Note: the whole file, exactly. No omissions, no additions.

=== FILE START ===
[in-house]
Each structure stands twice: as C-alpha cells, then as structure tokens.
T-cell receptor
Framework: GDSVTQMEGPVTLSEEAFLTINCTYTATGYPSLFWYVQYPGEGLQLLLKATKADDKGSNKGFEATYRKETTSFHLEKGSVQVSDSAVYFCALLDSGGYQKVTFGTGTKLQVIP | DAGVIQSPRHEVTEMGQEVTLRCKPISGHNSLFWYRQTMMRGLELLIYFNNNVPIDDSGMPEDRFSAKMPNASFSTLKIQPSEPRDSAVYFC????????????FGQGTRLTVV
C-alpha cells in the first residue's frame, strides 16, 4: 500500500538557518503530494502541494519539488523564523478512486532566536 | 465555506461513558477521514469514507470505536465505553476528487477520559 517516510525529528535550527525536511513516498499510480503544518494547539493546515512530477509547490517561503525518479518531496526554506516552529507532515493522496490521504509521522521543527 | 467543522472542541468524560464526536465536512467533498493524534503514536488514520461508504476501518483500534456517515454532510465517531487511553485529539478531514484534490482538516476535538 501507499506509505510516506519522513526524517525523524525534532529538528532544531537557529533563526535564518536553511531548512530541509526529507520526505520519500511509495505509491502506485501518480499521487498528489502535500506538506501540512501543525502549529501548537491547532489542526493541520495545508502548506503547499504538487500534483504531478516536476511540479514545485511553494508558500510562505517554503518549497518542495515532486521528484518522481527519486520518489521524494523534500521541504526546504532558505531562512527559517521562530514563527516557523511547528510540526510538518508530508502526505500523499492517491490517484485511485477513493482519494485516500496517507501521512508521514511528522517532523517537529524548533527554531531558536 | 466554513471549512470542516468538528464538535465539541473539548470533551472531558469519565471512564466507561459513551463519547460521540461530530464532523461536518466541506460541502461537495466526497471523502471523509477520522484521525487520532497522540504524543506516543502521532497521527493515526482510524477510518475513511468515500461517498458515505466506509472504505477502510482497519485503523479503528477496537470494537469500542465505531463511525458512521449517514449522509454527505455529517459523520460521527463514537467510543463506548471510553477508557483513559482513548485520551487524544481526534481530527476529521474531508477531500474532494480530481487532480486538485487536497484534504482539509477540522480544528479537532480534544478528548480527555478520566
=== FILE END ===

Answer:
[in-house]
Each structure stands twice: as C-alpha cells, then as structure tokens.
T-cell receptor
Framework: GDSVTQMEGPVTLSEEAFLTINCTYTATGYPSLFWYVQYPGEGLQLLLKATKADDKGSNKGFEATYRKETTSFHLEKGSVQVSDSAVYFCALLDSGGYQKVTFGTGTKLQVIP | DAGVIQSPRHEVTEMGQEVTLRCKPISGHNSLFWYRQTMMRGLELLIYFNNNVPIDDSGMPEDRFSAKMPNASFSTLKIQPSEPRDSAVYFC????????????FGQGTRLTVV
C-alpha cells in the first residue's frame, strides 16, 4: 500500500538557518503530494502541494519539488523564523478512486532566536 | 465555506461513558477521514469514507470505536465505553476528487477520559 517516510525529528535550527525536511513516498499510480503544518494547539493546515512530477509547490517561503525518479518531496526554506516552529507532515493522496490521504509521522521543527 | 467543522472542541468524560464526536465536512467533498493524534503514536488514520461508504476501518483500534456517515454532510465517531487511553485529539478531514484534490482538516476535538 501507499506509505510516506519522513526524517525523524525534532529538528532544531537557529533563526535564518536553511531548512530541509526529507520526505520519500511509495505509491502506485501518480499521487498528489502535500506538506501540512501543525502549529501548537491547532489542526493541520495545508502548506503547499504538487500534483504531478516536476511540479514545485511553494508558500510562505517554503518549497518542495515532486521528484518522481527519486520518489521524494523534500521541504526546504532558505531562512527559517521562530514563527516557523511547528510540526510538518508530508502526505500523499492517491490517484485511485477513493482519494485516500496517507501521512508521514511528522517532523517537529524548533527554531531558536 | 466554513471549512470542516468538528464538535465539541473539548470533551472531558469519565471512564466507561459513551463519547460521540461530530464532523461536518466541506460541502461537495466526497471523502471523509477520522484521525487520532497522540504524543506516543502521532497521527493515526482510524477510518475513511468515500461517498458515505466506509472504505477502510482497519485503523479503528477496537470494537469500542465505531463511525458512521449517514449522509454527505455529517459523520460521527463514537467510543463506548471510553477508557483513559482513548485520551487524544481526534481530527476529521474531508477531500474532494480530481487532480486538485487536497484534504482539509477540522480544528479537532480534544478528548480527555478520566